KEY TAKEAWAY: As long as the child care cost is reasonable, you can expect the judge to split this cost between the parents.
In addition to day-care expenses, the new laws require that parents split the cost of the child's medical needs. This includes ALL medical, dental and vision premium payments and out of pocket expenses.
There are a couple of exceptions to the medical requirements:
First, Medicaid and CHIP are presumed to meet the medical needs of a child. So if your child is on Medicaid, you will not have to purchase additional insurance for your child under the new laws.
Second, you are not obligated to pay for a national plan of insurance for your child. If you live in Nevada and your ex lives in California and your children live in Nevada, you do not have to buy a plan that covers your children in California.
Third, the cost of insurance cannot exceed 5% of a parent's gross monthly income. For example, if you make $1,000 a month but the health insurance would cost $500 a month, you are not obligated to purchase this plan of insurance.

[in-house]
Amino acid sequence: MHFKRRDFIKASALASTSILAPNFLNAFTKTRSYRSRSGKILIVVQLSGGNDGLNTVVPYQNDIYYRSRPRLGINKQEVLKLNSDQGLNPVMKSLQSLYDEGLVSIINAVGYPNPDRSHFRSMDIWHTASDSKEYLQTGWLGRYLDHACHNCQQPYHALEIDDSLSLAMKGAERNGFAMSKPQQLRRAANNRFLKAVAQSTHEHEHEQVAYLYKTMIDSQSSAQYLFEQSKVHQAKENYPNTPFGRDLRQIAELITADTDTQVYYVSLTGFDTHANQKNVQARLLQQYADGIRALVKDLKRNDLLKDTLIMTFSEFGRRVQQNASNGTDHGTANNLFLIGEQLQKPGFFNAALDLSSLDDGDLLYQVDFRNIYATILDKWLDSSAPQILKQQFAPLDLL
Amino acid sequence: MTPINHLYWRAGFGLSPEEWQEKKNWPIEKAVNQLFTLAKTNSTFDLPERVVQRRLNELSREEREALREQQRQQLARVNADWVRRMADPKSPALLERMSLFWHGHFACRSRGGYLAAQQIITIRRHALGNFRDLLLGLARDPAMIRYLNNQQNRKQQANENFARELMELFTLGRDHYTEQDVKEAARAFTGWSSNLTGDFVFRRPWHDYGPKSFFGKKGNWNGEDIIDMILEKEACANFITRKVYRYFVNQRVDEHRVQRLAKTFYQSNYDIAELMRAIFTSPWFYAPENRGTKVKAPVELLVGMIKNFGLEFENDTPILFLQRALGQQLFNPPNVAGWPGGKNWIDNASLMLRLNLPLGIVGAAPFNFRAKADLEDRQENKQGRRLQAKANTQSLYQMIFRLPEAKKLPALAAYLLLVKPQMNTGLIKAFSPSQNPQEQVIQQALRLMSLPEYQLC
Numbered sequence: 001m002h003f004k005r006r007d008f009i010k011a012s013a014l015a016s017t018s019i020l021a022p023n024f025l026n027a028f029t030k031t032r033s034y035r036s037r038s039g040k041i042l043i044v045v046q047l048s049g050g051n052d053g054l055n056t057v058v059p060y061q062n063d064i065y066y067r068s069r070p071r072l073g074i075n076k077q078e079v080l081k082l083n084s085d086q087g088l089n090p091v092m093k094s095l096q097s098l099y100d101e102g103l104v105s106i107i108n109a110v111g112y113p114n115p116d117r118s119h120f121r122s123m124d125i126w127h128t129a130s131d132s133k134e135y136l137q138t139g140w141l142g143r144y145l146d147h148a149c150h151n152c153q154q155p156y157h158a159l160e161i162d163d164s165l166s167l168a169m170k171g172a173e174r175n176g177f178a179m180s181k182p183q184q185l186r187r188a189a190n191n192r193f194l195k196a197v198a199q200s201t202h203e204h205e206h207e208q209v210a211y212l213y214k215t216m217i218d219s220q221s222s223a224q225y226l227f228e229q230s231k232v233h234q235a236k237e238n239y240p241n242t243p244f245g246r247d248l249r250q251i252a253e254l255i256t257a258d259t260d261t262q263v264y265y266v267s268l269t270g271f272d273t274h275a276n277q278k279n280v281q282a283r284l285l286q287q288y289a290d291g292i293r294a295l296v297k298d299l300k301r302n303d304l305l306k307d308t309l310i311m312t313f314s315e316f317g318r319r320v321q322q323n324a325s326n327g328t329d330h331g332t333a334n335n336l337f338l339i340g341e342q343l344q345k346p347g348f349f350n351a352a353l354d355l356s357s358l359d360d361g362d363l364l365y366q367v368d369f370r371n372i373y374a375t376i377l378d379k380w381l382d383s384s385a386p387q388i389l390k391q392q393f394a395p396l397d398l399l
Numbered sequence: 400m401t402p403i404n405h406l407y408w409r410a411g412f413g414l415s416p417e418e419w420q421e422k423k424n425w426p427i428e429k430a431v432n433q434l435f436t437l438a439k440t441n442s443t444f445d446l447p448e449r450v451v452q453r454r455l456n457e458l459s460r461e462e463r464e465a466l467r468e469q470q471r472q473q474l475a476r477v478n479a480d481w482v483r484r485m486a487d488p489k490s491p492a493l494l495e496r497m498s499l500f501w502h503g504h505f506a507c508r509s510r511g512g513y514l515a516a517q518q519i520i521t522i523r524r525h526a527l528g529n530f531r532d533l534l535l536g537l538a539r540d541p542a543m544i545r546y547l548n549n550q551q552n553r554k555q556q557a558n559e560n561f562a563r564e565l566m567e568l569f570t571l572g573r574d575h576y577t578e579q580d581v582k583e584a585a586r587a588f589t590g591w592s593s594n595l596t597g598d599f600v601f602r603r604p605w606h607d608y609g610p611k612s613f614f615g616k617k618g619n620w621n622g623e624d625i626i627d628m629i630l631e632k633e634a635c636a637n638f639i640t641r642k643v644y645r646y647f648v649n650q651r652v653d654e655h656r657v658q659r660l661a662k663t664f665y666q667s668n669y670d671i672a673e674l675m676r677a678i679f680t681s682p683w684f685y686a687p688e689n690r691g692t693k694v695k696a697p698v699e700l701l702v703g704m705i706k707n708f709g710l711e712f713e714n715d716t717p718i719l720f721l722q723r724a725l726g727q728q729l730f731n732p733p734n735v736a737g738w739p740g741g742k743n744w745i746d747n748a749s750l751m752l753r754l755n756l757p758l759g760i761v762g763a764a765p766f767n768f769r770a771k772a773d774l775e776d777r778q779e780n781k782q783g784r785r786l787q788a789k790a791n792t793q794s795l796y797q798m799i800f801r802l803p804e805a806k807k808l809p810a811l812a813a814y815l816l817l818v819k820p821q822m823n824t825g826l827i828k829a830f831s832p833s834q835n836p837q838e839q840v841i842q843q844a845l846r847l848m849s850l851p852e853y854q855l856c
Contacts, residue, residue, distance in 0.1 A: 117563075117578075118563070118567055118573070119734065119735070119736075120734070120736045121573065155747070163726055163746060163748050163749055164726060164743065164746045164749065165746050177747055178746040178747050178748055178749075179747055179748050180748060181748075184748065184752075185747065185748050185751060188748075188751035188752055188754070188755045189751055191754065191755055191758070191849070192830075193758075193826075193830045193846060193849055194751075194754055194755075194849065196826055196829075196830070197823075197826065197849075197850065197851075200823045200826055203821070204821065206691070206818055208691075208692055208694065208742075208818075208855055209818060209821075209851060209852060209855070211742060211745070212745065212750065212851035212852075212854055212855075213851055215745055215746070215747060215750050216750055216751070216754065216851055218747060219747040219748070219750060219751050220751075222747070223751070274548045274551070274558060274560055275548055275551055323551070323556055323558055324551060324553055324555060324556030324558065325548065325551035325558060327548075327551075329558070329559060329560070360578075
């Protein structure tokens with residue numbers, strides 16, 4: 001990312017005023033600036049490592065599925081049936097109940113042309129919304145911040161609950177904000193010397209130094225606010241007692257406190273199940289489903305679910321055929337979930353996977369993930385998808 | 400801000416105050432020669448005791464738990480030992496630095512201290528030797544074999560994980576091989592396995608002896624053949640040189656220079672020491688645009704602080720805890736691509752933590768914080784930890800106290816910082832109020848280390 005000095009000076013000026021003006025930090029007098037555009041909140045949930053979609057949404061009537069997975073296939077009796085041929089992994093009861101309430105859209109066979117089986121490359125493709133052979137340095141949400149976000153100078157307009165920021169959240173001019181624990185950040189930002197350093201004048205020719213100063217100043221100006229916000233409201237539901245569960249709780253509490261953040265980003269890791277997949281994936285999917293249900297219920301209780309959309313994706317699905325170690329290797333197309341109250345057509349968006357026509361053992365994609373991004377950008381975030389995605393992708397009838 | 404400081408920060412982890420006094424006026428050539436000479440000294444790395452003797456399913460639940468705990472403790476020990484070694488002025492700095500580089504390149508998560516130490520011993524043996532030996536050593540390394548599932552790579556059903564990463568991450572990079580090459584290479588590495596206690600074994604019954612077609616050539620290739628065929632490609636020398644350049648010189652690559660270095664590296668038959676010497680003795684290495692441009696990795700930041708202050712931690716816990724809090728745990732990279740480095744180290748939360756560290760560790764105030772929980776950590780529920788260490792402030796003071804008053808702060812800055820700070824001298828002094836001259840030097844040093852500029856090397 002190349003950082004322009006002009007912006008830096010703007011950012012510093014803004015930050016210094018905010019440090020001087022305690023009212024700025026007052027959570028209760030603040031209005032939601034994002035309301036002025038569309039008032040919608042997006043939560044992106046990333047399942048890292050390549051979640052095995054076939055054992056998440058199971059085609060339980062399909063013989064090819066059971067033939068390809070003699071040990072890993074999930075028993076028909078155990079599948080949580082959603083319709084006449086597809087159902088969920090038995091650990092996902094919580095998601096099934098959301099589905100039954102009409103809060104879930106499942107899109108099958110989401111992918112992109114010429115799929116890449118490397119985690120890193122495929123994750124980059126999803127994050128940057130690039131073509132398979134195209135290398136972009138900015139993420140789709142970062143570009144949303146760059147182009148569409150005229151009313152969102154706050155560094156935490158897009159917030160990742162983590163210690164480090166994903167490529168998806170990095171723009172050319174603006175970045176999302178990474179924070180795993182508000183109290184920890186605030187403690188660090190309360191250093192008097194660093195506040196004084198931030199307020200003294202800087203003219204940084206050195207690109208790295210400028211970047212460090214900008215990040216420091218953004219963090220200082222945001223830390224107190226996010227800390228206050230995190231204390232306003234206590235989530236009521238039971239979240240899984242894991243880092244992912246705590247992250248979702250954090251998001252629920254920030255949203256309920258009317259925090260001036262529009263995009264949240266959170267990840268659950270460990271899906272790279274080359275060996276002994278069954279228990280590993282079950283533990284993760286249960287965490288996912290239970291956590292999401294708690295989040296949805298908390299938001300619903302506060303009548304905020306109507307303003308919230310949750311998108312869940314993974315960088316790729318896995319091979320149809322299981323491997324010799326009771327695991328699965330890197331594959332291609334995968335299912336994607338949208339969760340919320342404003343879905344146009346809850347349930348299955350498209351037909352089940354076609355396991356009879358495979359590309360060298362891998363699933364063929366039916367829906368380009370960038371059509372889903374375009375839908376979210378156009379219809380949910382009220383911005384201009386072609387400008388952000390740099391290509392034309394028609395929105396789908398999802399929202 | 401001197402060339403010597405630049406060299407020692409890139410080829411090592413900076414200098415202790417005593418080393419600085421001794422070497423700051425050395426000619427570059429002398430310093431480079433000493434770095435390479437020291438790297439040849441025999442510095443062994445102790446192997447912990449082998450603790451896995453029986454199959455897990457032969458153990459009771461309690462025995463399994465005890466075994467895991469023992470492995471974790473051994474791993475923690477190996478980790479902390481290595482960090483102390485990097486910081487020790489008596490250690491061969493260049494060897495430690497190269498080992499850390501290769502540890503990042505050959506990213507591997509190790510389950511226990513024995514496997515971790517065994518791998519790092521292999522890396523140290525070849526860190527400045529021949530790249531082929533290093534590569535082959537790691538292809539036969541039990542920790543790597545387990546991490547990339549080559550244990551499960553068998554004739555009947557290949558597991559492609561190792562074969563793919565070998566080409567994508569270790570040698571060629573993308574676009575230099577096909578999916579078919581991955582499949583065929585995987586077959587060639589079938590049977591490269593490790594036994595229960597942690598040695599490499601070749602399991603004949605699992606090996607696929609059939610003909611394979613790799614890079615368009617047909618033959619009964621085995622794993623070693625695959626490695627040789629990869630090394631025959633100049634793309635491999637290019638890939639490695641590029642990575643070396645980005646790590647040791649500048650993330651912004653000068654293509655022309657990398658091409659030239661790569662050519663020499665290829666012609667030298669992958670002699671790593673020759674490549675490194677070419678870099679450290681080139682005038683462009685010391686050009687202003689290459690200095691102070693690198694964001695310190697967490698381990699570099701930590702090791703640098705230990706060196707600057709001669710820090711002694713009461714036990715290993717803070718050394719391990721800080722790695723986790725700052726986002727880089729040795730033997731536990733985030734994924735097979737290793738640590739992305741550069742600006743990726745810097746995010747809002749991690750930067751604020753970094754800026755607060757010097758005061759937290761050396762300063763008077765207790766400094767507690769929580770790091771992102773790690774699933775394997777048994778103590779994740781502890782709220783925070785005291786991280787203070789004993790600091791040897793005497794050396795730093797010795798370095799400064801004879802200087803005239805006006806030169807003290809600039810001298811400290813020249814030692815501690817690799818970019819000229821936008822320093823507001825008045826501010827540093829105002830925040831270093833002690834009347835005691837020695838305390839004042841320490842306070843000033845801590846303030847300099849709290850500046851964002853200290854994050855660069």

Finally, the judge can order more or less child support under certain circumstances and depending on your child's needs.
In creating the new laws and calculations, your family court judge will assume that your child support, as calculated under the new formulas, meets your child’s needs.
You can argue to the judge that paying the calculated amount exceeds the child’s needs if you think you are paying too much.
Or, if you are receiving too little in child support, you can argue to the judge that you don’t think it is enough money.
If your judge changes child support, up or down, from the calculation, the judge must explain WHY changes were made.
The judge will consider the following factors to change child support up or down:
✔ Special education needs of the child